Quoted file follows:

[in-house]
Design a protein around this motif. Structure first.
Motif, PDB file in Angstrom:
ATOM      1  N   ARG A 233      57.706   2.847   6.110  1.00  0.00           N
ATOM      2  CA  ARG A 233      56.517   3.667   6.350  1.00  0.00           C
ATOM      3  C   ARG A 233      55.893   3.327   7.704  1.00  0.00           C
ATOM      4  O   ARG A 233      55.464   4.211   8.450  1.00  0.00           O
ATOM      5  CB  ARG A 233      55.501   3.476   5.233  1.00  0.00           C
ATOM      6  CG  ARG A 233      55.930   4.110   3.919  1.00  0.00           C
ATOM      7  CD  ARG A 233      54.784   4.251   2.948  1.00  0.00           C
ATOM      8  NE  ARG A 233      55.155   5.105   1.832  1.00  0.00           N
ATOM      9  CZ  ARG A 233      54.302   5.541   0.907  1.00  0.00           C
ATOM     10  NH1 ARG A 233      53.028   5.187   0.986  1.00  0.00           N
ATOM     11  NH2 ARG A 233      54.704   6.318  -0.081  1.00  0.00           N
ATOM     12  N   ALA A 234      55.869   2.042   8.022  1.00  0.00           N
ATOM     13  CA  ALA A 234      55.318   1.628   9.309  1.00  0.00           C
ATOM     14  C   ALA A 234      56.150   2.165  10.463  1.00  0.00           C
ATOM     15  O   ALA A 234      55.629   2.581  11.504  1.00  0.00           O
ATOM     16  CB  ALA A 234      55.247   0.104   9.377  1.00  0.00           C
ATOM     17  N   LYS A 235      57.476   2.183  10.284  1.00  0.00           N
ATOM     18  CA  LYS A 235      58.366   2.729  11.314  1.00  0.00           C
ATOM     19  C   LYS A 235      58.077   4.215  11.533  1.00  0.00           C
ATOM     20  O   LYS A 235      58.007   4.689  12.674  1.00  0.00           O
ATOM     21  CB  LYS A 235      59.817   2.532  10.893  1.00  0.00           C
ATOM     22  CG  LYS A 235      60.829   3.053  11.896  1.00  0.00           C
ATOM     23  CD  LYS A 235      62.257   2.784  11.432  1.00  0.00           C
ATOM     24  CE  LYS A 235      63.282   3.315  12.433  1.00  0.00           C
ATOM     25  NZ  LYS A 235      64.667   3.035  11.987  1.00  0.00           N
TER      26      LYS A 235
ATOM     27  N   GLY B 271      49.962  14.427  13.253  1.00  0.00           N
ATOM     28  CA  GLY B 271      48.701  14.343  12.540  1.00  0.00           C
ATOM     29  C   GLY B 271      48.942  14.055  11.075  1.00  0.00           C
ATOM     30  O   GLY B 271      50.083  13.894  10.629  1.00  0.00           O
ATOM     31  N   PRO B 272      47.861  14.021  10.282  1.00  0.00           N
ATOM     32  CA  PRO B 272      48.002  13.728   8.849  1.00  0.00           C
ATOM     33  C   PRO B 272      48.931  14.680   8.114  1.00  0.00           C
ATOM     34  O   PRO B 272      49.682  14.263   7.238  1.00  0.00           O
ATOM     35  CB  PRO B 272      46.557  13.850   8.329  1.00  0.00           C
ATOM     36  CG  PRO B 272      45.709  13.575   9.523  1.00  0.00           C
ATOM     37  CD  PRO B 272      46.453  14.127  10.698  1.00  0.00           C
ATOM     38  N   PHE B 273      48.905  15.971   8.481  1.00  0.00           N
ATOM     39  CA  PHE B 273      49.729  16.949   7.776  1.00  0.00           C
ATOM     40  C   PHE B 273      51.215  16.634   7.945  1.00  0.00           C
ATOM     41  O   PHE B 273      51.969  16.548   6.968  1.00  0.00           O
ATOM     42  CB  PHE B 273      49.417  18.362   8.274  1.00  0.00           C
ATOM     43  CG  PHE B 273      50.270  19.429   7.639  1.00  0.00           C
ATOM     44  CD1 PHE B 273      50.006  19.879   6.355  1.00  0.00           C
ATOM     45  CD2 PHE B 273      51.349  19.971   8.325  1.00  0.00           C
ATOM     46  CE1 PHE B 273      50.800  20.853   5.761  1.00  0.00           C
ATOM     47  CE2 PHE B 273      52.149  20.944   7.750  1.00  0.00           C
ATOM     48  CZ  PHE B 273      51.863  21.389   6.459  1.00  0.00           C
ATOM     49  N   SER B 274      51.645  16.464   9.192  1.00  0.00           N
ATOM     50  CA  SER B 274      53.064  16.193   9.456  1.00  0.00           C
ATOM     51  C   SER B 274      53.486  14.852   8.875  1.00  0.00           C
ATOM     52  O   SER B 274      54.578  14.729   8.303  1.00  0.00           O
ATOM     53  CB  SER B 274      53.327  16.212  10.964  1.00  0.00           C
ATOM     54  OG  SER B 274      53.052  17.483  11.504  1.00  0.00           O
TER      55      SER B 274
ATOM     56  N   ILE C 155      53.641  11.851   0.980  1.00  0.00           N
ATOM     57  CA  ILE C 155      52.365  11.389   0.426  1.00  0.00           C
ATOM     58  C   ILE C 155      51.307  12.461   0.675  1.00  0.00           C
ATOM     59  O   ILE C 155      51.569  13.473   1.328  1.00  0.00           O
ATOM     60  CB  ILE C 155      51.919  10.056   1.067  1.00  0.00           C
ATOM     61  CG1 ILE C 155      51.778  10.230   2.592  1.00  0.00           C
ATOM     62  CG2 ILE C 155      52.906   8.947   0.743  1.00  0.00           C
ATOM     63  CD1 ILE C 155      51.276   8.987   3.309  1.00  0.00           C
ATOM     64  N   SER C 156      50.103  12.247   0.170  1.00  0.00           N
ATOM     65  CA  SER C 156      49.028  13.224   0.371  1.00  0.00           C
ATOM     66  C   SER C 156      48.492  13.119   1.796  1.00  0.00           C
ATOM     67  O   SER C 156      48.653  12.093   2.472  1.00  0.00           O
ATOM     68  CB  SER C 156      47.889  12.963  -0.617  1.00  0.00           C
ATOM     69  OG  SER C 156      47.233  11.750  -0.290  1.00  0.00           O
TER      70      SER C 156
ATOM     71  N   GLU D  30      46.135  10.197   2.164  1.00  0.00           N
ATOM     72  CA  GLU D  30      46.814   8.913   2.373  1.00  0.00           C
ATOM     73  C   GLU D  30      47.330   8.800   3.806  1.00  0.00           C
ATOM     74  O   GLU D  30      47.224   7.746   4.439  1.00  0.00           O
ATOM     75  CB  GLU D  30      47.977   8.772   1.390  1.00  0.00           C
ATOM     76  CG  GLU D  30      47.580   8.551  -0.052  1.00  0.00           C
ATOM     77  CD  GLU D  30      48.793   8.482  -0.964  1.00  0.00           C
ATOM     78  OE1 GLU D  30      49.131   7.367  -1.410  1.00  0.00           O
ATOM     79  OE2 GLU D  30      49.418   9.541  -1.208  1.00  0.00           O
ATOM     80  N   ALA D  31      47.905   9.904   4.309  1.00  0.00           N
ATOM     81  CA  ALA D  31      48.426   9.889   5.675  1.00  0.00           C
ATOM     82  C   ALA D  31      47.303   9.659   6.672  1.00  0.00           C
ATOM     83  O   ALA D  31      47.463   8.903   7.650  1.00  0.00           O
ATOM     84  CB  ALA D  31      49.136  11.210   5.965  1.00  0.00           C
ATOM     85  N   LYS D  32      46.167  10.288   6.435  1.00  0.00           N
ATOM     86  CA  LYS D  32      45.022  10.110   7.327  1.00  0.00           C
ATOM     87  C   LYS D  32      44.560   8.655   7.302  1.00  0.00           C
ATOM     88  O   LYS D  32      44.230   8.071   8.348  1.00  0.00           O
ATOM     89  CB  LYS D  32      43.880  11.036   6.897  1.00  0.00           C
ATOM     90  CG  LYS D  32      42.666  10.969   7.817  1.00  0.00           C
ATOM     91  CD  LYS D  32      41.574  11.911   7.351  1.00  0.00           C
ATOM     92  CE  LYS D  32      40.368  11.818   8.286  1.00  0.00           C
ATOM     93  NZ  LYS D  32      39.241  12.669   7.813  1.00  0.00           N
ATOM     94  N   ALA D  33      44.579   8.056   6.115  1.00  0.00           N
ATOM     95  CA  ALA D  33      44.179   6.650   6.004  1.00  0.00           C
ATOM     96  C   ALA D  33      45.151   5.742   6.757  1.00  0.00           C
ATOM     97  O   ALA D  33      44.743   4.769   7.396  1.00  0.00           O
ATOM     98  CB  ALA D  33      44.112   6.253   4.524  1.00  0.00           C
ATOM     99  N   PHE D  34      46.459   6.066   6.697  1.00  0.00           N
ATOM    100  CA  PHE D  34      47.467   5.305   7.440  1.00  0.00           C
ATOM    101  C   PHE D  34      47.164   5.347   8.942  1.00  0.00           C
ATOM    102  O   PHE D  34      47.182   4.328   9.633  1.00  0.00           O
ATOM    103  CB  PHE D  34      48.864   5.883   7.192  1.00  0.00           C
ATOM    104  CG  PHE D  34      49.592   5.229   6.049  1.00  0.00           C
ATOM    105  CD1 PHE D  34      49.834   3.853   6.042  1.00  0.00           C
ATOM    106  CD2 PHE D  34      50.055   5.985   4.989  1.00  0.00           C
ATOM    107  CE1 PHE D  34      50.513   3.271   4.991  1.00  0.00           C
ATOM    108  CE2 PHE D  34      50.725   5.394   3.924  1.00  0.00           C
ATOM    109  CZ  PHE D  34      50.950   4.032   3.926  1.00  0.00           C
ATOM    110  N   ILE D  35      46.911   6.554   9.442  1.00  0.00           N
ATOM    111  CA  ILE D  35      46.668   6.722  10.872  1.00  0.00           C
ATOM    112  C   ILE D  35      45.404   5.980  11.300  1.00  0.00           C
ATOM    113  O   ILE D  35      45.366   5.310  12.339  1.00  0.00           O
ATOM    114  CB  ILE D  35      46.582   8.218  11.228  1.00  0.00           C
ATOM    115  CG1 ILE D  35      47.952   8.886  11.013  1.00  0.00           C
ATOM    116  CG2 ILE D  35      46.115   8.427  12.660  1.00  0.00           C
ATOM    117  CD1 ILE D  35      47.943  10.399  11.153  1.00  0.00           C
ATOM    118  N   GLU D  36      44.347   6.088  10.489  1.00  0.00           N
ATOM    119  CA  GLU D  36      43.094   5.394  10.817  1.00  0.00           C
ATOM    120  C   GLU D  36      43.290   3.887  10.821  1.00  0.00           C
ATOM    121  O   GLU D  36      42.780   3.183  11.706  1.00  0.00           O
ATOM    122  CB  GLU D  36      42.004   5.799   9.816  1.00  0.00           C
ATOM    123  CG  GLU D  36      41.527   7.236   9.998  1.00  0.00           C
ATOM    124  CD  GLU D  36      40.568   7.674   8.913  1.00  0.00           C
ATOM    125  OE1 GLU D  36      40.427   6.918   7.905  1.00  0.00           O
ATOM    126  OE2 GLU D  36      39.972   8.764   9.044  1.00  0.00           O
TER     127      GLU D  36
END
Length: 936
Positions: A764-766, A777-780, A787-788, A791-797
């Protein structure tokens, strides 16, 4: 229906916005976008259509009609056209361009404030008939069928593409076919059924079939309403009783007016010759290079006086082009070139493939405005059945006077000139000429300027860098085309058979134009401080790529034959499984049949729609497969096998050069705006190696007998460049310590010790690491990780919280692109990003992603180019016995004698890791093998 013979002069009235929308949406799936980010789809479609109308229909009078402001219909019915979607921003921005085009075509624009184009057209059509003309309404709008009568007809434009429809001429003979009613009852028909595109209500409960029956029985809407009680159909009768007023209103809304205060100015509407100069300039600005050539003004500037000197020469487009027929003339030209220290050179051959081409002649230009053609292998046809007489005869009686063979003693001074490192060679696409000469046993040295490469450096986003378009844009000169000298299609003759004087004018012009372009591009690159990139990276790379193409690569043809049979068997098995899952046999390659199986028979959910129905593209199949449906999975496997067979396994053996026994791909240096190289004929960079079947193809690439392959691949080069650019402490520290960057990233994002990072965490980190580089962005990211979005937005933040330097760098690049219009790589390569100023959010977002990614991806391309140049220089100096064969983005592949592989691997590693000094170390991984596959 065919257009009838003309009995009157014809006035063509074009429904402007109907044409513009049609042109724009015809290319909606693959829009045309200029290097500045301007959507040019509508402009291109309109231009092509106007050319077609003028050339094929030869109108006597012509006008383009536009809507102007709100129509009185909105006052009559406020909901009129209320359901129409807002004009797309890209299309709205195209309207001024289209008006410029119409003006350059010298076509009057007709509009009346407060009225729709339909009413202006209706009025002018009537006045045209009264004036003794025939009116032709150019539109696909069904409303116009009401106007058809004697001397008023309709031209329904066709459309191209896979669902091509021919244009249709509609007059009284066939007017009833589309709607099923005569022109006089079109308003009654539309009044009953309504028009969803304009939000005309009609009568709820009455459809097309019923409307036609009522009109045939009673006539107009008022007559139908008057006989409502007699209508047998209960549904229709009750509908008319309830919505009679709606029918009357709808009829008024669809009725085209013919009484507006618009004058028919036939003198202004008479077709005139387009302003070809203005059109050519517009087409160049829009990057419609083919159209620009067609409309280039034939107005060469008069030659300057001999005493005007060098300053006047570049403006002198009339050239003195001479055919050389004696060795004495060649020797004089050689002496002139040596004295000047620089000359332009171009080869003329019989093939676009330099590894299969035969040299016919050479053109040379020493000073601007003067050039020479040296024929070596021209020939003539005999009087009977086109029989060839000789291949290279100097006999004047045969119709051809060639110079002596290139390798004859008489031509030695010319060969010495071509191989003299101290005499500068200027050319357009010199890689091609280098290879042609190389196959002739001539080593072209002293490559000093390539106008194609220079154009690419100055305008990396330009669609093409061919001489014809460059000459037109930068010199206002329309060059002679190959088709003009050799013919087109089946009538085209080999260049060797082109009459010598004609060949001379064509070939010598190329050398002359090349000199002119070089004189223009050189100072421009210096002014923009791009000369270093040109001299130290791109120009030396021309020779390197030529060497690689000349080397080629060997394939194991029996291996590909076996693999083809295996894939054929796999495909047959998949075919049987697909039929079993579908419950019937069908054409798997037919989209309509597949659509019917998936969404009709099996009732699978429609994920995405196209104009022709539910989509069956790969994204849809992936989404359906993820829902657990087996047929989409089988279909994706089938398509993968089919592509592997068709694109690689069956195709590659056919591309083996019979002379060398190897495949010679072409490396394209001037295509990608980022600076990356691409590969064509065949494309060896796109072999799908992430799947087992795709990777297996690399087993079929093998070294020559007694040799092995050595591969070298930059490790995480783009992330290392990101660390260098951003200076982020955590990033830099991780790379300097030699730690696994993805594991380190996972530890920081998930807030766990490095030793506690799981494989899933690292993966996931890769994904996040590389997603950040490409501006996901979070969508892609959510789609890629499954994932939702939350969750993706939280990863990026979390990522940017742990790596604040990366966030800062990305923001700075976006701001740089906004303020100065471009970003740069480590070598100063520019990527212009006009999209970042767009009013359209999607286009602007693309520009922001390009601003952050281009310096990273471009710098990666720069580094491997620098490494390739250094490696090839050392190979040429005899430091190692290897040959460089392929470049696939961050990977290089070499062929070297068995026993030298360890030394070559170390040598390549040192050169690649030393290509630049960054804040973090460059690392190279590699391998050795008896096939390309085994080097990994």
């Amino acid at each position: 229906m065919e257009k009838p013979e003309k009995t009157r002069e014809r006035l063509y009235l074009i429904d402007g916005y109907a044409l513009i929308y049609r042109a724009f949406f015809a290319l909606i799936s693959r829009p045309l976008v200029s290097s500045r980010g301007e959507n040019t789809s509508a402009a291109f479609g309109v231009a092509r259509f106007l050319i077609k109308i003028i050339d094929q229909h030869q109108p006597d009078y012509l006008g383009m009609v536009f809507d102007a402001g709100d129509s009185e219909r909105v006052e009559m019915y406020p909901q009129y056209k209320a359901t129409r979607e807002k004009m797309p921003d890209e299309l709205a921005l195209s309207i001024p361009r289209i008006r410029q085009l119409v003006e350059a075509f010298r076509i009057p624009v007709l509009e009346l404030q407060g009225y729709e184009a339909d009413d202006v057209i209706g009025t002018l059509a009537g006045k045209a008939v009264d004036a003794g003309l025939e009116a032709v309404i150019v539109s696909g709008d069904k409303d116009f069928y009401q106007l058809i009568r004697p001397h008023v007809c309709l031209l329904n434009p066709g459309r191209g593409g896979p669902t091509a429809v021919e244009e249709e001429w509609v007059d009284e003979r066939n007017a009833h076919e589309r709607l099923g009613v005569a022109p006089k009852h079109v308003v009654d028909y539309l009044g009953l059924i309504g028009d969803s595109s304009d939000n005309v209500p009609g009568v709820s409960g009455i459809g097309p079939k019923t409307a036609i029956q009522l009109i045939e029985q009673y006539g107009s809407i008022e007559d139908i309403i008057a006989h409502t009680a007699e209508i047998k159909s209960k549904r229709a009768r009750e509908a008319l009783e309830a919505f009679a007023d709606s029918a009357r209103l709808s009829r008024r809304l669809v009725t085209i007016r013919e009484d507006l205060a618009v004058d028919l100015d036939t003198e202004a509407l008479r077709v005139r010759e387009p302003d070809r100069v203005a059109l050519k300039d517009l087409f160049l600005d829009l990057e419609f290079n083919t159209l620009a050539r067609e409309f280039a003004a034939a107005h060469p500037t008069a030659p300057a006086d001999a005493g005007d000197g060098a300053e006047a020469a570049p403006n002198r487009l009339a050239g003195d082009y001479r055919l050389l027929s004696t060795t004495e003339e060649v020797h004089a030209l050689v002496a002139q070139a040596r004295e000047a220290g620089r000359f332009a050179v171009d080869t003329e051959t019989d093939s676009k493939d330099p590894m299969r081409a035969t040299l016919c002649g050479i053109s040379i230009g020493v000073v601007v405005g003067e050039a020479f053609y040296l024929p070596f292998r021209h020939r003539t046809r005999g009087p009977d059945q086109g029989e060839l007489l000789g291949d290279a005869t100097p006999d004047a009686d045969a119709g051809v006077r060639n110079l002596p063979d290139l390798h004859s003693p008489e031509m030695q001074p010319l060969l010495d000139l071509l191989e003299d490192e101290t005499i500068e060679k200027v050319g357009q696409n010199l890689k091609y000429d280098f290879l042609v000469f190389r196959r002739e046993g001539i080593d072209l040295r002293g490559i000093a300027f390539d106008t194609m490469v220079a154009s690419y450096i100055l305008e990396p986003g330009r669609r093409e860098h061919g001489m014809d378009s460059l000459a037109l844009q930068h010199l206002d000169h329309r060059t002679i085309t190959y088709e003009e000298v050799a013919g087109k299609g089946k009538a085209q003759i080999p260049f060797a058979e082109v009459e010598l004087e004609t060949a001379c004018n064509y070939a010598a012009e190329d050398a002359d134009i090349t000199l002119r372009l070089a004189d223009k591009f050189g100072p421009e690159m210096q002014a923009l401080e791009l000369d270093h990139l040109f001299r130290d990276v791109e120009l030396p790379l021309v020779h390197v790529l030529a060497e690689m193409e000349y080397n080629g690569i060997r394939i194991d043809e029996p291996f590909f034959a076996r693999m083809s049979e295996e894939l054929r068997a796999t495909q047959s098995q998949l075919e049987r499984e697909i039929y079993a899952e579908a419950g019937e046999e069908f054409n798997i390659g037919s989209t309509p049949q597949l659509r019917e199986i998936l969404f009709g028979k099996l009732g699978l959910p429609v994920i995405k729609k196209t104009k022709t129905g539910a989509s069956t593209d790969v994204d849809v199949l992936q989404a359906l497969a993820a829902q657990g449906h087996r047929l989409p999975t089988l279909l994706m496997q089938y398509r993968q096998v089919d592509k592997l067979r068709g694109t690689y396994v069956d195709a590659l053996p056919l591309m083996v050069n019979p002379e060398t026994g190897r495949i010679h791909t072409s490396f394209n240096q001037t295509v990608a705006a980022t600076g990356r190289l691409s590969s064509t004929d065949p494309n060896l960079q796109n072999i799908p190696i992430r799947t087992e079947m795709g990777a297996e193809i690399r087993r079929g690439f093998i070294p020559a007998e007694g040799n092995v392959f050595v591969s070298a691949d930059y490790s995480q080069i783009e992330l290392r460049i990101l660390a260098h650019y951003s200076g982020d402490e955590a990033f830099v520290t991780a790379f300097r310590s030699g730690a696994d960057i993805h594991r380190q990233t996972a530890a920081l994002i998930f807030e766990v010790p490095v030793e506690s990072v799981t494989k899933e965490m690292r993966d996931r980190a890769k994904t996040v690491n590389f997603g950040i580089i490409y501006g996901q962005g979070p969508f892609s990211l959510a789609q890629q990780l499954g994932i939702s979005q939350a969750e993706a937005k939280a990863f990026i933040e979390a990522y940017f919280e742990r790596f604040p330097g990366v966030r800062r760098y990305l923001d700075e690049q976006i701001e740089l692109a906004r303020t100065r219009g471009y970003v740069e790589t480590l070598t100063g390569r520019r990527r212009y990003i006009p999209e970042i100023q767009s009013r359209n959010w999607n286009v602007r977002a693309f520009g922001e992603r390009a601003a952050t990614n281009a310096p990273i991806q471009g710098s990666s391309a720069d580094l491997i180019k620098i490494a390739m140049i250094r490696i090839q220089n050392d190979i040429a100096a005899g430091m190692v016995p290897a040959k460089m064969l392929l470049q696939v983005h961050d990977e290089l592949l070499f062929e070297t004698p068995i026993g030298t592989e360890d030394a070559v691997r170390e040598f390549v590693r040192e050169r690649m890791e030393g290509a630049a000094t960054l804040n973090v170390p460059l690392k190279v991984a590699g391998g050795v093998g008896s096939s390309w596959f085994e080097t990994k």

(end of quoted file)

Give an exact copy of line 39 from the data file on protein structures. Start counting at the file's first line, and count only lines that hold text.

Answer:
ATOM     36  CG  PRO B 272      45.709  13.575   9.523  1.00  0.00           C